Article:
Fictitious & Symbolic Creatures in Art with Special Reference to Their Use in British Heraldry
Chapman & Hall, 1906 - 276 pāgines
An illustrated volume by John Vinycomb, €Fictitious & Symbolic Creatures in Art€features chapters on the use of dragons in Christian art and Royal Heraldry as well as other creatures (the Hydra and crocodiles) that have similar characteristics to the dragon.
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according adopted ages ancient angels animal appear argent arms artists Assyria attributes bears beast beautiful believed bird blazoned body Book borne called century cherubim Christian classic coins colour creature crest crocodile cross crowned death depicted described device displayed divine dolphin dragon eagle early Egyptian emblem England existed eyes fable face feet figure fire fish flames four frequently George given gives gold Greek griffin gules hand head heaven Henry heraldic heraldry holding horn horse human idea imagination King legend legs lion living manner meaning mentioned mermaid mind monster motto nature origin poets position probably proper qualities Queen reference represented resembling round royal saints says seal seems seen serpent shape shield similar snake sometimes sphynx spirit supporters symbol tail termed tradition unicorn usually wings writers Wyvern young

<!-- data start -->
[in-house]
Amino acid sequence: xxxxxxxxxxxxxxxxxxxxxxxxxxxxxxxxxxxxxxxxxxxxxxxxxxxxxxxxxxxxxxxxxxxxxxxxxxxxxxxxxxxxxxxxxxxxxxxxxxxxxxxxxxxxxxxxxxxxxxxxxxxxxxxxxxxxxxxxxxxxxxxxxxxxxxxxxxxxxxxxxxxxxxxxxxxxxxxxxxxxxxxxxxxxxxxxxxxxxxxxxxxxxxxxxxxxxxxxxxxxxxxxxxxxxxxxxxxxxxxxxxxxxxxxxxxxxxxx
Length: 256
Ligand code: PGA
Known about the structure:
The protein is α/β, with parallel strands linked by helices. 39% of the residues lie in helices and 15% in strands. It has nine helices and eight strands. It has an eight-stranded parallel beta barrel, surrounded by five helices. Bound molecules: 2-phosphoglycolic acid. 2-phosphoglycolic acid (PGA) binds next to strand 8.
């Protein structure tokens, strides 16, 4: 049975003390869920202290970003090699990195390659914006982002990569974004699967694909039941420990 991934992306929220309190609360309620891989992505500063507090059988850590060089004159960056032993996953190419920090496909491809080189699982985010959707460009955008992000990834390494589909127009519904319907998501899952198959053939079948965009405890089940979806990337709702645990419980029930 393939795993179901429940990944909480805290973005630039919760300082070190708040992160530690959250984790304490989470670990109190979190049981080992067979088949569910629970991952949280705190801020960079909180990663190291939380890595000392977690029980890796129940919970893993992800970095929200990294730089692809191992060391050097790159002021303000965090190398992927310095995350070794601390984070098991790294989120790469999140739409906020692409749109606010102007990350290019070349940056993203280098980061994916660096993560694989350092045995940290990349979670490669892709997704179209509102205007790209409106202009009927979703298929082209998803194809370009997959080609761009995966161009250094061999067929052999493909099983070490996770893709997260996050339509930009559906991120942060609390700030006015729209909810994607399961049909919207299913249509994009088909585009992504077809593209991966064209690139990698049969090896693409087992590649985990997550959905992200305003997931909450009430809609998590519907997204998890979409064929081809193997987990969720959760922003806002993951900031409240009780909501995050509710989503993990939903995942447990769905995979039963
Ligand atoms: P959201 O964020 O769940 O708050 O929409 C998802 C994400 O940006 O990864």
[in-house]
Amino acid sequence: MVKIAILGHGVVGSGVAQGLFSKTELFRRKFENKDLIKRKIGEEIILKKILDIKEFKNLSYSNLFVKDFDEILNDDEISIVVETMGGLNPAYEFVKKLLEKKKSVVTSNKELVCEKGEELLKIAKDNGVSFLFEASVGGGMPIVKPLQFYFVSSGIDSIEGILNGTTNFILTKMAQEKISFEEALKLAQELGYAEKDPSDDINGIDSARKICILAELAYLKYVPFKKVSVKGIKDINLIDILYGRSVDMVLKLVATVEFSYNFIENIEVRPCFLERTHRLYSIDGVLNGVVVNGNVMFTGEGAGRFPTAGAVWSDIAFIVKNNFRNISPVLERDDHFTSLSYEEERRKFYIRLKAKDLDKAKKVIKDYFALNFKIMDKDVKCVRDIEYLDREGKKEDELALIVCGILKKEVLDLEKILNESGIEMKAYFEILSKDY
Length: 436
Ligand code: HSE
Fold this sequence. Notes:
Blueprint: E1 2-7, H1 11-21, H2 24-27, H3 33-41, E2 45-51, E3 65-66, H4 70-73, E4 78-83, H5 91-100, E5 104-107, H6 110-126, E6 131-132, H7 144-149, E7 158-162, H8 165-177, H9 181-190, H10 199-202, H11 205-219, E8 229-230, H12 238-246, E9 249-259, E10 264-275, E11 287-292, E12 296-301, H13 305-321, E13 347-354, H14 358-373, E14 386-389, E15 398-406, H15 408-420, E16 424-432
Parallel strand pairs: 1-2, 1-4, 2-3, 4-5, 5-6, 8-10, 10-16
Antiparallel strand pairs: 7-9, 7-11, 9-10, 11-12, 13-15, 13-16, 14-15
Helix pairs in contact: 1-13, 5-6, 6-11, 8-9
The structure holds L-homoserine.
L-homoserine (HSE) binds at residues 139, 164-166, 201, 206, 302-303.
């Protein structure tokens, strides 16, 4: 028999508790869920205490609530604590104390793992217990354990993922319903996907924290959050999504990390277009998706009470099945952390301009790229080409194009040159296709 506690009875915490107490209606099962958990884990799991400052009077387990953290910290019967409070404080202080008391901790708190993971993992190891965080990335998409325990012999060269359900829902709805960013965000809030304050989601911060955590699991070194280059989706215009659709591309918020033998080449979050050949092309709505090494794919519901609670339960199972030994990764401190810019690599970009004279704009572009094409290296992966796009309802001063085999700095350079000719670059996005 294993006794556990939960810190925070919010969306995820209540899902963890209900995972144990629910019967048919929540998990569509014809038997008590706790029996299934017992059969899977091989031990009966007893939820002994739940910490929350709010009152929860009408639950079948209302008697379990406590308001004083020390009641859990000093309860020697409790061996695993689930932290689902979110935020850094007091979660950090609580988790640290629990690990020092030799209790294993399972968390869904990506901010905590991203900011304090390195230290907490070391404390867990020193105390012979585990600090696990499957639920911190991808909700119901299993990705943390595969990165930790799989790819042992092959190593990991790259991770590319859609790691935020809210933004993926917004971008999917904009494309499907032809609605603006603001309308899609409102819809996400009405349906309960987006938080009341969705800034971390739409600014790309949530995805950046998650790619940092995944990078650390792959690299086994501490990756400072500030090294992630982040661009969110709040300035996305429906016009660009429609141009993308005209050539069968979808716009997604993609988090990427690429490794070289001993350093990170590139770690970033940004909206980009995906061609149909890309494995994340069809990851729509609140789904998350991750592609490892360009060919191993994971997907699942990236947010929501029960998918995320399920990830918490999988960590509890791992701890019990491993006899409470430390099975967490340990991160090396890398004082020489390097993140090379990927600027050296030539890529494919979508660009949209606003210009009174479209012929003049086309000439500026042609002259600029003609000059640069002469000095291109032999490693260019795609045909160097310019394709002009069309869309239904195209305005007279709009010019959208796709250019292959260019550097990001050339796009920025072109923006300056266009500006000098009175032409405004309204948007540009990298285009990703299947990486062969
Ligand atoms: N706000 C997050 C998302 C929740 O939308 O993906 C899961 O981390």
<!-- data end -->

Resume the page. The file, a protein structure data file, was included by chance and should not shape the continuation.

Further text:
Pāgina 51 - Above it stood the seraphim : each one had six wings ; with twain he covered his face, and with twain he covered his feet, and with twain he did fly. And one cried unto another, and said: — " Holy, holy, holy, is the Lord of hosts : the whole earth is full of His glory.
Pāgina 253 - What things have we seen Done at the Mermaid! heard words that have been So nimble, and so full of subtle flame, As if that every one (from whence they came) Had meant to put his whole wit in a jest, And had resolved to live a fool the rest Of his dull life...
Pāgina 71 - And his tail drew the third part of the stars of heaven, and did cast them to the earth...
Pāgina 33 - How oft do they with golden pinions cleave The flitting skies like flying pursuivant, Against foul fiends to aid us militant! They for us fight, they watch and duly ward, And their bright squadrons round about us plant; And all for love, and nothing for reward: O why should Heavenly God to men have such regard ? LONDON: APPROVED SCHOOL BOOKS.
Pāgina 169 - Laugh, and mock if you will at the worship of stone idols, but mark ye this, ye breakers of images, that in one regard the stone idol bears awful semblance of Deity — unchangefulness in the midst of change; the same seeming will, and intent for ever, and ever inexorable! Upon ancient dynasties of Ethiopian and Egyptian kings...
Pāgina 33 - How oft do they their silver bowers leave, To come to succour us, that succour want? How oft do they with golden pinions cleave The flitting skies, like flying pursuivant, Against foul fiends to aid us militant?
Pāgina 191 - Once more unto the breach, dear friends, once more : Or close the wall up with our English dead. In peace there's nothing- so becomes a man As modest stillness and humility: But when the blast of war blows in our ears. Then imitate the action of the tiger...
Pāgina 71 - And I saw an angel come down from heaven, having the key of the bottomless pit and a great chain in his hand. And he laid hold on the dragon, that old serpent, which is the Devil and Satan, and bound him a thousand years...
Pāgina 50 - Each shoulder broad, came mantliug o'er his breast With regal ornament : the middle pair Girt like a starry zone his waist, and round Skirted his loins and thighs with downy gold And colours dipp'd in heaven ; the third his feet Shadow'd from either heel with feather'd mail, Sky-tinctured grain.